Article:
by Alice Martin
You think of him when you smell smoke. A switch in your brain, a splinter in your nose. Musty and rich, and just a little sweet.
His shirts smelled like campfires. For four years, the scent weaved into the threads of your sweaters. When it ended, you washed them five times in a row, sat watching the spin cycle.
“You’ll be fine. Better, even,” he said when you cried. “I’m not good for you.”
No shit, you thought.
Your roommate Claire says all the right, bland things when you tell her, as you sit beside each other on your couch and split a beer. At some point you wonder why you’re settling for half and keep the warming bottle against your chest.
“I never liked him,” Claire says.
You’d known this and it’d brought you a certain amount of pleasure. The way she’d flare, like a match catching fire, when he’d come to your apartment. Her searing smiles and high-pitched voice, the way her eyes pointed at him, pupils shrunken to the tips of two sharpened pencils. Once he asked you if Claire wanted to sleep with him. “Probably,” you said and tried to pretend the question wasn’t a threat.
Later that night, when Claire’s gone out and you’re in the apartment alone, your task is to scour your closet-sized bedroom for any trace of him. The soft-backed books he lent you, covered in his blade-like lettering. (You’d read his notes more carefully than you’d read the books, training yourself to read the way he did.) The empty wine bottle you drank together on his old apartment’s rooftop that you now use as a vase for dead flowers. (You’d never liked red wine until you had it with him and learned to find pleasure in the way your tongue would curl inward at its taste.) Some of the things you ball into a trash bag aren’t even his, but you know they need to go anyway: the vanilla hand cream you bought when he told you that he liked it when women smelled sweet; the too-short dress you wore to his birthday party; his favorite pair of your underwear. You shove it all in and carry it down to your apartment’s trash room.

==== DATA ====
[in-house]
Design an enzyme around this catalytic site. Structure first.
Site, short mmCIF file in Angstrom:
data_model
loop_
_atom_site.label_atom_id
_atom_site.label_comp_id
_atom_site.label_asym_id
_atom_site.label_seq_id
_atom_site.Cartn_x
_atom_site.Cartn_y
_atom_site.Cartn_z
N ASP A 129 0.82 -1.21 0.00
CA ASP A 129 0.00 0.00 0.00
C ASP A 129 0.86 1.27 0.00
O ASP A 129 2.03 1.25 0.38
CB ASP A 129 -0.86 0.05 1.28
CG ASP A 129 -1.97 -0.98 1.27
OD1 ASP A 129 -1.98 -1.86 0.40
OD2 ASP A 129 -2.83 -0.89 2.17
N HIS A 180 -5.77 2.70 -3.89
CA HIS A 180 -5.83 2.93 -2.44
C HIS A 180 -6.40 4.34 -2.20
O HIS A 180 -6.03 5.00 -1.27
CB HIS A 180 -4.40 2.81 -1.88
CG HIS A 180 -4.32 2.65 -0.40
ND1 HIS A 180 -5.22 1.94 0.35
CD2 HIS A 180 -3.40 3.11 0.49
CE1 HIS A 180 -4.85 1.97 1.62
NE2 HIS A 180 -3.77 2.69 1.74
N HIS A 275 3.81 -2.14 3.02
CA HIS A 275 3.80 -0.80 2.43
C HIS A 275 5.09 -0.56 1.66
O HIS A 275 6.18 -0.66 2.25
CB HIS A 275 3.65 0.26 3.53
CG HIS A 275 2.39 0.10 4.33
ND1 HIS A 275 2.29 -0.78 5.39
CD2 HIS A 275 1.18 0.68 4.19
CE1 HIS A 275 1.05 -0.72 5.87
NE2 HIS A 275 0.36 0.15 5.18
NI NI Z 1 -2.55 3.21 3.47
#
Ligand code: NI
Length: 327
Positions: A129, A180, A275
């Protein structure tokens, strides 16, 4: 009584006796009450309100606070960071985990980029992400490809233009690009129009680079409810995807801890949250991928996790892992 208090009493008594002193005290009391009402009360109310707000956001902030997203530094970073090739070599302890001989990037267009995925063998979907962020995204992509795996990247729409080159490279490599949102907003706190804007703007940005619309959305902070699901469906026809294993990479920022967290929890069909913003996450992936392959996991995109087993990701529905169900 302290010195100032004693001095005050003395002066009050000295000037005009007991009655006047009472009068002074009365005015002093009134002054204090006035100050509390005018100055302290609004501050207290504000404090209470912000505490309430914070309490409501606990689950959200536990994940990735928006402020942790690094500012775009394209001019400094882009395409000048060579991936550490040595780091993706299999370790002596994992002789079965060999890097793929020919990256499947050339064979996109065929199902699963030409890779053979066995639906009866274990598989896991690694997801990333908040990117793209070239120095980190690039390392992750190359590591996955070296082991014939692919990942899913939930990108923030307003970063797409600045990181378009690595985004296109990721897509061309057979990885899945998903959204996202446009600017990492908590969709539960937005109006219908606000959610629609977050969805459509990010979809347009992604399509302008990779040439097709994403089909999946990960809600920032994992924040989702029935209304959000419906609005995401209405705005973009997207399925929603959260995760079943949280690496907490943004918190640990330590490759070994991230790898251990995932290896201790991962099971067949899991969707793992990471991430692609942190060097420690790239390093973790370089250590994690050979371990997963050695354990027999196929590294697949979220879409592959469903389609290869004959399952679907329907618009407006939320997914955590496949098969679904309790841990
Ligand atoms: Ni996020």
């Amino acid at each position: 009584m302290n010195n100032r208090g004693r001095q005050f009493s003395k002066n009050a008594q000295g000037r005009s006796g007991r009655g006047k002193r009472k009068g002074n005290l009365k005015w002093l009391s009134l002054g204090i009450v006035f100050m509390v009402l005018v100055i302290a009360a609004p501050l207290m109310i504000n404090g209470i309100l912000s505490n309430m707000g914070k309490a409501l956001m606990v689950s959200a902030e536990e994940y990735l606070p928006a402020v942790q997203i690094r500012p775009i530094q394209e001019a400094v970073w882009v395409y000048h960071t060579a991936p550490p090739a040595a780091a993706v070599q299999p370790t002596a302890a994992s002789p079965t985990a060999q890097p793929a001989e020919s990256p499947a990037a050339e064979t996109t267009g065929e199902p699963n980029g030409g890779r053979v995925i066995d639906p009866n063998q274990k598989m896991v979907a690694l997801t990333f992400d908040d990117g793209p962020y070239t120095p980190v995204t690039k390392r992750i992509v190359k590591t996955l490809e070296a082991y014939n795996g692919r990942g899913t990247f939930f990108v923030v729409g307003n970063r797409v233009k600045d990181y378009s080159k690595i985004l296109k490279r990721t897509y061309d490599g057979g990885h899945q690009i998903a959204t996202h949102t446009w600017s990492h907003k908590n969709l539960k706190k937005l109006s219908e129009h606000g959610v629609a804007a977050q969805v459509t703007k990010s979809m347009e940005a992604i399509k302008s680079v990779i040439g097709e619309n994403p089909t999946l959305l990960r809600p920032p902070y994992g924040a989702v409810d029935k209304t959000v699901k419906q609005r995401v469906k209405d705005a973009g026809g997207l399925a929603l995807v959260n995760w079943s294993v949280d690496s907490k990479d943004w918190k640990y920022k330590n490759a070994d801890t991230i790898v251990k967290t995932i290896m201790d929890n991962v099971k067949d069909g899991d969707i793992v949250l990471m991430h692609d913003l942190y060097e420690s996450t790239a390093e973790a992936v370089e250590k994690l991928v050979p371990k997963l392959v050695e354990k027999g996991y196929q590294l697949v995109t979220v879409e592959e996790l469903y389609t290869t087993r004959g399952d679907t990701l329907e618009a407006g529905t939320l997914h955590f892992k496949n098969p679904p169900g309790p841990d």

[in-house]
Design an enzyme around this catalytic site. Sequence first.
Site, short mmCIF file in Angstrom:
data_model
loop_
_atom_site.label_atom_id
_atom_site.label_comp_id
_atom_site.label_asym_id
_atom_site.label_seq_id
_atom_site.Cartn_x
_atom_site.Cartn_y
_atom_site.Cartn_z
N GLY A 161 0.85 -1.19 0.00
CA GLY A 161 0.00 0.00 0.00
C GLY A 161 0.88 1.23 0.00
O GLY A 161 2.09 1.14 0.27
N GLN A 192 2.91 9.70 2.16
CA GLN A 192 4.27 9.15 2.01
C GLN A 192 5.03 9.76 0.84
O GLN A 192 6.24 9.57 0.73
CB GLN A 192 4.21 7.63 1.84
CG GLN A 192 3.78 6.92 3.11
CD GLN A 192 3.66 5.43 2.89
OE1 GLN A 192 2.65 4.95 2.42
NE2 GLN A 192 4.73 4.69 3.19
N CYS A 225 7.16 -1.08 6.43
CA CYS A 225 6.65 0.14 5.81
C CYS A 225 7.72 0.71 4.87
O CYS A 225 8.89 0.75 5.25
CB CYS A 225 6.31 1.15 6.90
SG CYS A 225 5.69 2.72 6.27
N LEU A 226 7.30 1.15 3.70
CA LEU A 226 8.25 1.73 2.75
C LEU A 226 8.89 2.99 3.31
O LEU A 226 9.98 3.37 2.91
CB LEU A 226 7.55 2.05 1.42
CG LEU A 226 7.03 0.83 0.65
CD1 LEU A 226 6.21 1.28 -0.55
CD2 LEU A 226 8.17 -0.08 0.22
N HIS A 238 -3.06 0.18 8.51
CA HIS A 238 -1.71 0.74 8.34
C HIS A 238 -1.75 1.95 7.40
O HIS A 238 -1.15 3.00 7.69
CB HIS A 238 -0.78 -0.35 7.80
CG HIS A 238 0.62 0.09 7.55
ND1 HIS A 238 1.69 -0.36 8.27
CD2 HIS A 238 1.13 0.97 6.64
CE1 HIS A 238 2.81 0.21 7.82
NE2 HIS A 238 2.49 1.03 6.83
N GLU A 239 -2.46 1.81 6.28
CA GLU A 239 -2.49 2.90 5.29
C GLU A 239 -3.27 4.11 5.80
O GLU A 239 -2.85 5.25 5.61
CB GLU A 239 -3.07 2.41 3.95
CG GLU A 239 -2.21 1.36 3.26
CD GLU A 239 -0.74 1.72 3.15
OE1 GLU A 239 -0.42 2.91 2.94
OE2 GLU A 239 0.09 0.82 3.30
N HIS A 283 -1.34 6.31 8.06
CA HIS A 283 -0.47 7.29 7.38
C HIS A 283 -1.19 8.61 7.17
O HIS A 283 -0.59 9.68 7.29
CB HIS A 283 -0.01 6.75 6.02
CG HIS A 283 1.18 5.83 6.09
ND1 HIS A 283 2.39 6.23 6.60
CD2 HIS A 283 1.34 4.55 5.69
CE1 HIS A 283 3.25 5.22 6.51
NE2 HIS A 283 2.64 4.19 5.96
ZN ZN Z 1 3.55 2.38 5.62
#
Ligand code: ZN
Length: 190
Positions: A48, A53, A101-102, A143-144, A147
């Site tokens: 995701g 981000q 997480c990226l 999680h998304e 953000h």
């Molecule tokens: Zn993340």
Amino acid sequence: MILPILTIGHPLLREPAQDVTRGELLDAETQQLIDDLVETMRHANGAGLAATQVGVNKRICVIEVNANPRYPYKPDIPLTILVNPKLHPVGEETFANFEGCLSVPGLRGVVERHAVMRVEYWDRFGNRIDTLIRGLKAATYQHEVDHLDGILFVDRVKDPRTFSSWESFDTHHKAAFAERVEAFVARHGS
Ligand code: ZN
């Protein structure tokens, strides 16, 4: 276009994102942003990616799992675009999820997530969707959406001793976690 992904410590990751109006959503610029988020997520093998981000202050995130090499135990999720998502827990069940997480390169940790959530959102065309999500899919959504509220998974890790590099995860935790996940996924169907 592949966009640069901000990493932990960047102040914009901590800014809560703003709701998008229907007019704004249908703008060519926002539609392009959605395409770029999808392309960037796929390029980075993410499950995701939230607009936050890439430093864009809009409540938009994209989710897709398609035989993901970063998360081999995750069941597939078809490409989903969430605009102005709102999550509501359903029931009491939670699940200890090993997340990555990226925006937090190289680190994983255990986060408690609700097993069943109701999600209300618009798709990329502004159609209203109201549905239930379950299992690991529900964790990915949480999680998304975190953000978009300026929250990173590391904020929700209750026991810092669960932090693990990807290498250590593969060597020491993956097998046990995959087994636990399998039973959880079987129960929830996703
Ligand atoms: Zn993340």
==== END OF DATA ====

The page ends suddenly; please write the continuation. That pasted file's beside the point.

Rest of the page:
You keep a stack of photos of the two of you together and a pack of his cigarettes that he dropped behind your dresser and never rediscovered. You take these things to your small kitchen, flick on the gas stove, and wait through four empty ticks before the range wooshes to life. You don’t have a lighter—you’ve never smoked when you weren’t with him—so you bring your hand close to the stove’s flame to light the tip of the cigarette. You keep it balanced in the front of your lips as you feed the pictures to the fire. You could have thrown them away, with everything else, but there’s just something about watching his face catch fire, smolder, and ash.
When it’s over, you stand by your kitchen window and think of all the useless information about him that you’ve stored deep in your head. It’s stuck there like a song, rolling over and over again, until it’s stale and out of tune. You think about how you once read that female praying mantises eat their mates after sex. This surprised you at the time; you’d heard black widows did this, but praying mantises? With their gangly, fragile limbs and big, childish eyes? Now, you stare at the image of yourself, superimposed over the dark glass of the window, bringing the cigarette to your own, unfeeling lips. You suck and you suck and you think it tastes like him but better.
To read all of “You Won’t” by Alice Martin, buy The Canopy Review Issue 2 from the store.